Ben Brewer, Deseret News
SALT LAKE CITY — When actress and author Carrie Fisher was hospitalized during a manic bout, part of the bipolar disorder that has both vexed and enlivened her, she wasn’t allowed to cope privately. As with so much of her life, others stood ready to reveal the details. So she decided to share it herself.
She’s been telling her story since, in autobiographical writings like “Postcards from the Edge,” which became a gritty movie, and “Wishful Drinking,” now a one-woman show. The woman who was Princess Leia in the Star Wars trilogy at 19 and born to Hollywood royalty — singer Eddie Fisher and actress Debbie Reynolds — has never lived a fairy tale.
Friday, she shared pieces of her journey during “An Evening With Carrie Fisher,” sponsored by the Utah Film Center. She received the center’s second annual Kim Peek Award for Disability in Media, an honor bestowed because of the candor with which she has tackled the mania and depression that are part of who she is.
Peek's legacy, noted program emcee Carol Mikita of KSL, was his "message of universal respect for differences." Fisher was lauded as having a similar passion for knowledge and the same goal of acceptance for people who are different.
“Would Kim Peek have liked the word 'disability' to describe him?” Fisher asked in a phone interview beforehand. “Disability sounds so broken. Bipolar disorder is challenging; it’s incredibly intense. You have the choice to submit, be a victim, or take it on and fly in the face of it.”
Fisher and Peek had very different challenges and triumphs. Her life was high-profile, particularly after she became Princess Leia, unaware the character would forever be part of her name. Her mental illness, substance abuse, even her relationships were fodder for tabloids. He grew up quietly, largely in obscurity, a child with severe disabilities who was also wildly gifted.
Peek was born with brain abnormalities that included macrocephaly and lack of connective tissue between two sides of his brain. Simple jobs like setting the table or getting dressed were huge challenges and he only learned to climb stairs at 16. He had quirks that seemed bizarre to strangers, like humming loudly to focus. But he had an endearing personality. And his prodigious knowledge across 15 categories, including math, literature, sports, classical music, history and geography, made him a mega-savant. With an incredibly efficient filing system for his photographic and auditory memories, the ability to read two pages at the same time — one with each eye — and retain it, plus mathematical skills that included calculating dates both future and past at lightning speed, he was both odd and inspiring.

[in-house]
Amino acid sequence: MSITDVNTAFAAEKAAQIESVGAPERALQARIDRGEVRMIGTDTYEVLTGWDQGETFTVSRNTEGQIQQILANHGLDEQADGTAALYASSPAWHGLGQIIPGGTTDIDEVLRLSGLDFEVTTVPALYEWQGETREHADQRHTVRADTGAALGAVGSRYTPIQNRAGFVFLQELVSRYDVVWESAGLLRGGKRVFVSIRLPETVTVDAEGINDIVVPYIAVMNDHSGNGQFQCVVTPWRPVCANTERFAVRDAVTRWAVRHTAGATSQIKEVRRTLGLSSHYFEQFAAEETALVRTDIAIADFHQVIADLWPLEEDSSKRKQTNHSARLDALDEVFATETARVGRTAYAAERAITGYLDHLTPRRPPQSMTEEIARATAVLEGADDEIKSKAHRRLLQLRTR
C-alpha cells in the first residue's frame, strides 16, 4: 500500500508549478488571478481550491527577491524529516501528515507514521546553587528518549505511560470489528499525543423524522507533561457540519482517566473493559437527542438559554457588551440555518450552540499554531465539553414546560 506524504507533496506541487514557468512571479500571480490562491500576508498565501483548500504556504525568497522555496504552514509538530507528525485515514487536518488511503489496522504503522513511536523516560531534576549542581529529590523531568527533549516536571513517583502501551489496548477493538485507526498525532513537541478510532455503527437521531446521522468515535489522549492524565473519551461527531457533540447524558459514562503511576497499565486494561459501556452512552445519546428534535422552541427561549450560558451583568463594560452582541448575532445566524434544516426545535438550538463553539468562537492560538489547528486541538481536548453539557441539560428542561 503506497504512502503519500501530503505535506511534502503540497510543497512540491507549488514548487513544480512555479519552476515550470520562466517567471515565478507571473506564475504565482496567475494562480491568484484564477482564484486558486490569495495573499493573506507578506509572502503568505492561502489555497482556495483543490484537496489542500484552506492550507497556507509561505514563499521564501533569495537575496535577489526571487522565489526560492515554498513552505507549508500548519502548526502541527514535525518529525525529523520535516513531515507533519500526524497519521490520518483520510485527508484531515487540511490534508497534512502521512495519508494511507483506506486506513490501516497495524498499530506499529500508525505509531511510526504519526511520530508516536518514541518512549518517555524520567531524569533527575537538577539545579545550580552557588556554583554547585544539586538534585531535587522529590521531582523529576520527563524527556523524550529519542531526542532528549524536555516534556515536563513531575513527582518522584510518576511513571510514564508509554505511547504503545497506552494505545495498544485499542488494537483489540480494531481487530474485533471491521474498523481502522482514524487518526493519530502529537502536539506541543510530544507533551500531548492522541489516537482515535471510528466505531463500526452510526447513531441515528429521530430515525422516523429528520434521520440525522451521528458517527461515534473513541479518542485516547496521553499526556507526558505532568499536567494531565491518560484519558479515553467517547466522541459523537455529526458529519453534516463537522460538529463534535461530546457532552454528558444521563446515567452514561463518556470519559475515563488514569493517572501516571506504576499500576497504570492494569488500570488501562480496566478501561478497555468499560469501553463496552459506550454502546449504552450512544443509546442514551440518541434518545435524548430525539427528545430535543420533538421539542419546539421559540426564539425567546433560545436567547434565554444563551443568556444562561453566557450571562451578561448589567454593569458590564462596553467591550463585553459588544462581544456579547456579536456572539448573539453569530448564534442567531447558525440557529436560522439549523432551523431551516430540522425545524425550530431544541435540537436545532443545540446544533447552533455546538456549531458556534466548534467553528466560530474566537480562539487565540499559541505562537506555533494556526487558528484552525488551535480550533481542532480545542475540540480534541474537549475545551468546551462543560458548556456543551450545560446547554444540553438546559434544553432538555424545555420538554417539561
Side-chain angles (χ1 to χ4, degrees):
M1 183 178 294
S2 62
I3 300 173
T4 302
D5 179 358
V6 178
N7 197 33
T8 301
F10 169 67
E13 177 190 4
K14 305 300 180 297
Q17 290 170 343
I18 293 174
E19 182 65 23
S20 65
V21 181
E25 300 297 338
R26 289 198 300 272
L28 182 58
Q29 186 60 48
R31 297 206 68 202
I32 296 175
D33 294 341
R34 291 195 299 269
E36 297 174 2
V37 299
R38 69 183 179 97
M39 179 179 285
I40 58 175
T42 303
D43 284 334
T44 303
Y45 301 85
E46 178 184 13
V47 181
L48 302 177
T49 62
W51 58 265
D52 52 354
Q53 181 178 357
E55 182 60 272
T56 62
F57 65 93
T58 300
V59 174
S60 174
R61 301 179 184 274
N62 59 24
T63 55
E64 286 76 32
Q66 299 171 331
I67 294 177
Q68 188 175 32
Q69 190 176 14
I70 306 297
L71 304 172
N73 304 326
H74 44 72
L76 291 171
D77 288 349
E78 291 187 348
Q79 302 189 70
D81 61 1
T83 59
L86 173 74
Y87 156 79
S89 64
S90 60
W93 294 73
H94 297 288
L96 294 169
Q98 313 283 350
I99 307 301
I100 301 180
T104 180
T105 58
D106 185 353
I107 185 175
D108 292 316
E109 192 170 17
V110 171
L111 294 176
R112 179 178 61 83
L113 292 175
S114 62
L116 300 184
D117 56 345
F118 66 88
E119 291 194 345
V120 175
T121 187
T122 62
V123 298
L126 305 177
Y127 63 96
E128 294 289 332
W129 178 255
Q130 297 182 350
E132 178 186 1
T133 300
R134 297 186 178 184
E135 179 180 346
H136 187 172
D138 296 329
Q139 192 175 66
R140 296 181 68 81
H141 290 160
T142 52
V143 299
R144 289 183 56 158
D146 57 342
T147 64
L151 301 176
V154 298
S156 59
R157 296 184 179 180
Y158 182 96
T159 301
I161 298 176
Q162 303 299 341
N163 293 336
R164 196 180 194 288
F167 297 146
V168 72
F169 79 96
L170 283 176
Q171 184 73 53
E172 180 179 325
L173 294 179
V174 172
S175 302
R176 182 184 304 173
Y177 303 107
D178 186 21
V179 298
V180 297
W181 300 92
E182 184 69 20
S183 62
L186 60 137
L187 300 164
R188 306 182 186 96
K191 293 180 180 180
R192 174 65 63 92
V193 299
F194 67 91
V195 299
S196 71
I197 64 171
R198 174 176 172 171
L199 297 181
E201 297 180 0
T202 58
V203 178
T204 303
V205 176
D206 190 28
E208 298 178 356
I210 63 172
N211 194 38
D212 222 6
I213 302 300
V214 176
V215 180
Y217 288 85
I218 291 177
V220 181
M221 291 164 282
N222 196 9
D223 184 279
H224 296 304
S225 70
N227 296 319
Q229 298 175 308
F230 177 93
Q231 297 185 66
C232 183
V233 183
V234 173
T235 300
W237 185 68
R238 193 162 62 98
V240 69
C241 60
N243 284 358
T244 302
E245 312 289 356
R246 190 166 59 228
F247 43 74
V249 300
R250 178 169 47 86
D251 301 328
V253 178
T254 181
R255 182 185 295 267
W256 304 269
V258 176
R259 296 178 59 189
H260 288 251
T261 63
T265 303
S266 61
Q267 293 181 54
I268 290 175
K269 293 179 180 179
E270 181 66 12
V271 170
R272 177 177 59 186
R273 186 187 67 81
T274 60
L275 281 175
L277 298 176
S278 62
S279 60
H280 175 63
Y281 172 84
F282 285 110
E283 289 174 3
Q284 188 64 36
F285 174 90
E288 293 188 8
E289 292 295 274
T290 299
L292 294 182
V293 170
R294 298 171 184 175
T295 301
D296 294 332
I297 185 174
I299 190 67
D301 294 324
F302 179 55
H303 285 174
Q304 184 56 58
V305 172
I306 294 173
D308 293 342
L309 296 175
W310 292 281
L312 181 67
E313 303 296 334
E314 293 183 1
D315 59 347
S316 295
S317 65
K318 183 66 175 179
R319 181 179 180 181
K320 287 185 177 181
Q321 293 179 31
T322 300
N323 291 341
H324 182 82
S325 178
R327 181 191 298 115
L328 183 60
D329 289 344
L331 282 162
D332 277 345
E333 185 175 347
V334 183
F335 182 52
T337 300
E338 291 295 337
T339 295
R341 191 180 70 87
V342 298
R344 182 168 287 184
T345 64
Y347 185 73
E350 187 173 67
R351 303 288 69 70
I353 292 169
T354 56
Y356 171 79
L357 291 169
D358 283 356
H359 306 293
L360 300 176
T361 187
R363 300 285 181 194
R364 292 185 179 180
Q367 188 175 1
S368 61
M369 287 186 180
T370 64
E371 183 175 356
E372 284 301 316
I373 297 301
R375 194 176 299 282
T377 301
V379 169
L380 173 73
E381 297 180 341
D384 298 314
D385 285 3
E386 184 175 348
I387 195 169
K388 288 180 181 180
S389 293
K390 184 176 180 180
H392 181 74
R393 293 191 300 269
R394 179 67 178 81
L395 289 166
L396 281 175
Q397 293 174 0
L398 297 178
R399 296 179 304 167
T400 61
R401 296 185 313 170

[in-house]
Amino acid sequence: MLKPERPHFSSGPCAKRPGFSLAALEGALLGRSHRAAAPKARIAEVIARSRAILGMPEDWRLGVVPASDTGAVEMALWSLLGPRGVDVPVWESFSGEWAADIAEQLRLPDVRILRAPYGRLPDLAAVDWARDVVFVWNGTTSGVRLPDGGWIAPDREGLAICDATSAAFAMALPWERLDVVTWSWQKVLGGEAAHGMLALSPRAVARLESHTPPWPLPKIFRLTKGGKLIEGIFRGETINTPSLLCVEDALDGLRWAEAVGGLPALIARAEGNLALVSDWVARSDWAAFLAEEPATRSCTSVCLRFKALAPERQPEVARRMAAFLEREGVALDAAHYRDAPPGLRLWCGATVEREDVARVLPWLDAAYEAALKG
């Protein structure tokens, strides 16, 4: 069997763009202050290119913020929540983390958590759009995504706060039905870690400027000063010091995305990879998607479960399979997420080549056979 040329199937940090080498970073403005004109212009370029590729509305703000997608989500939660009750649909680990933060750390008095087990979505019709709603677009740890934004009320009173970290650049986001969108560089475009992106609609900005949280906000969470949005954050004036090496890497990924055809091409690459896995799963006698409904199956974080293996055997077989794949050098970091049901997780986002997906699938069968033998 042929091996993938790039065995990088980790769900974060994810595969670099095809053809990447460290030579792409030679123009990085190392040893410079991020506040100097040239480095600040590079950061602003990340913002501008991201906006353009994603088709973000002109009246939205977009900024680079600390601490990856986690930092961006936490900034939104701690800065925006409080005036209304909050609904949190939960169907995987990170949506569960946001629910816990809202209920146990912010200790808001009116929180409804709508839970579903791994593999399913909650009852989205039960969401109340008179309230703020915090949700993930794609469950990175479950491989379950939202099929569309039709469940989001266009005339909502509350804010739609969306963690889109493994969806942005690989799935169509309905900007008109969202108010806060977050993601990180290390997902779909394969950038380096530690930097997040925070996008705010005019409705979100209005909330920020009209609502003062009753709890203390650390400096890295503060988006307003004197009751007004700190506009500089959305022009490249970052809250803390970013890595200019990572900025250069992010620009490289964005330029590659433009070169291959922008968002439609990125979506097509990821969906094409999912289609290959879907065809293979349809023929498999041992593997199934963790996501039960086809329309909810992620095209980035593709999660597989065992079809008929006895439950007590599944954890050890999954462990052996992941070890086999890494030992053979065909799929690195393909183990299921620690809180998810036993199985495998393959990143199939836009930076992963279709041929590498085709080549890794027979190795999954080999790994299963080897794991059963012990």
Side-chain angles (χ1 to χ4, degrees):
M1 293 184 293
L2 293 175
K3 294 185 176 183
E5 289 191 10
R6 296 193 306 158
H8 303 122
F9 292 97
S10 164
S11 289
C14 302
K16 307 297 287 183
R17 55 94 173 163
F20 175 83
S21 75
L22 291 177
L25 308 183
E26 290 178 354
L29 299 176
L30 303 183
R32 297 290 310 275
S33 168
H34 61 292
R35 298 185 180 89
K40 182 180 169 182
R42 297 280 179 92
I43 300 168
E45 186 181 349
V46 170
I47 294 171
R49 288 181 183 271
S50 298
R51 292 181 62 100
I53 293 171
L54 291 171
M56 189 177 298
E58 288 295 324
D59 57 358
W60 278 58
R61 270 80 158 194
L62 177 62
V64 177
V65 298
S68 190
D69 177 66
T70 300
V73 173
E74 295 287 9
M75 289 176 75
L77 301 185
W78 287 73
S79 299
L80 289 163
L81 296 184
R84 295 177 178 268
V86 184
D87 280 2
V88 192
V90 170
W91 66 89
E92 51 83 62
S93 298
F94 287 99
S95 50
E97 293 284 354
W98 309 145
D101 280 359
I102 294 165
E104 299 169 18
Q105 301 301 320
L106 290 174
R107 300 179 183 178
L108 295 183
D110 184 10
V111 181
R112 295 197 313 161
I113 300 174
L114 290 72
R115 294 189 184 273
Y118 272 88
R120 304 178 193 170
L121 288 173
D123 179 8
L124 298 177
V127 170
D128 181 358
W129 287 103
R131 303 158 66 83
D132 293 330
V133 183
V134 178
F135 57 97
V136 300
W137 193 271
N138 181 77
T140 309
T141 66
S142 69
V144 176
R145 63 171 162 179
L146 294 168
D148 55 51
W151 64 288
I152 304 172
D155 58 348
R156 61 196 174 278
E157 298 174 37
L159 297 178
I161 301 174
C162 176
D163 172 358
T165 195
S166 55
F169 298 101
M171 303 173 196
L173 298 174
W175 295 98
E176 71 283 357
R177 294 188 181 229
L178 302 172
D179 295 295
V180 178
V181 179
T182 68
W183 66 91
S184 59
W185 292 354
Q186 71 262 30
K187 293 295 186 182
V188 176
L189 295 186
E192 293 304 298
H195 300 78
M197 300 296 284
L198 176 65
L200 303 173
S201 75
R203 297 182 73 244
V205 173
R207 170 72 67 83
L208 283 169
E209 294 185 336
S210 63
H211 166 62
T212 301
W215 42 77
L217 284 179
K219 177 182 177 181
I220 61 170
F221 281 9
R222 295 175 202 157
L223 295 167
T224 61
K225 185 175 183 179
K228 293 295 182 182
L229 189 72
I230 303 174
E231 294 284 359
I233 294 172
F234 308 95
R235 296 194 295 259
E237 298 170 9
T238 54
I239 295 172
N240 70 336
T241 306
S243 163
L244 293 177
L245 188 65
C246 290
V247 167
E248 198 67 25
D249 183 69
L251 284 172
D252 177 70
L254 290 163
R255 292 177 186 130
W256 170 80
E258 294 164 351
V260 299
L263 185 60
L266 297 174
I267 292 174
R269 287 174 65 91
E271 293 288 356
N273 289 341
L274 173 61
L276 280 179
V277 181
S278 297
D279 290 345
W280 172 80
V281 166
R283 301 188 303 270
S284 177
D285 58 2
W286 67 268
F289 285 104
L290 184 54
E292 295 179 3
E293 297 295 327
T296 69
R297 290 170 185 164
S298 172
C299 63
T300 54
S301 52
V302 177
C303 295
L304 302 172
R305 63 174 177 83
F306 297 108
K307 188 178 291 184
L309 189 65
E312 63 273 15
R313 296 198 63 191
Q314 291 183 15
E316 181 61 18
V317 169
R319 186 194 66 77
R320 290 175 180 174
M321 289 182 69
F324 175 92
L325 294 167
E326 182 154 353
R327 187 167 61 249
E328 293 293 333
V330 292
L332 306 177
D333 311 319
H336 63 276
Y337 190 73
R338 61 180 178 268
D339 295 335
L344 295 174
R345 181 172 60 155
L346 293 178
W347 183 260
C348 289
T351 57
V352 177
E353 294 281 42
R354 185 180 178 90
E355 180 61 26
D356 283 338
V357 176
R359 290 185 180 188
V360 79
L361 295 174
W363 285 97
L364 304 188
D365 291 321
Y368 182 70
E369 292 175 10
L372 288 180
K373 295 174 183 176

“When you met him, you knew within minutes you’d met an extraordinary human being,” says award-winning screenwriter and family friend Barry Morrow, who wrote the movie “Rain Man” after meeting Kim and his dad, Fran Peek, in the 1980s. “In ways off-putting to some. It was not just the vast information stored in his noggin in ways science has not yet figured out, but his sweet humanity.
“He was much more, for me, than the subject of a movie. They come and go . But knowing Kim and his father, watching their relationship, that is one of the bigger lasting lessons I learned.”
Kim died of a heart attack at age 58 in 2009. But not before he’d traveled nearly 3 million miles and entertained and awed millions with his skills and his humility — a reach to rival Hollywood’s best and brightest.
The award’s roots
One actor keeps his Oscar behind bulletproof glass with lasers like you’d employ to protect the Hope Diamond, lint free and clean as microchips for a super computer, says Morrow. Those barriers protect the little guy from the unwanted touch of strangers.
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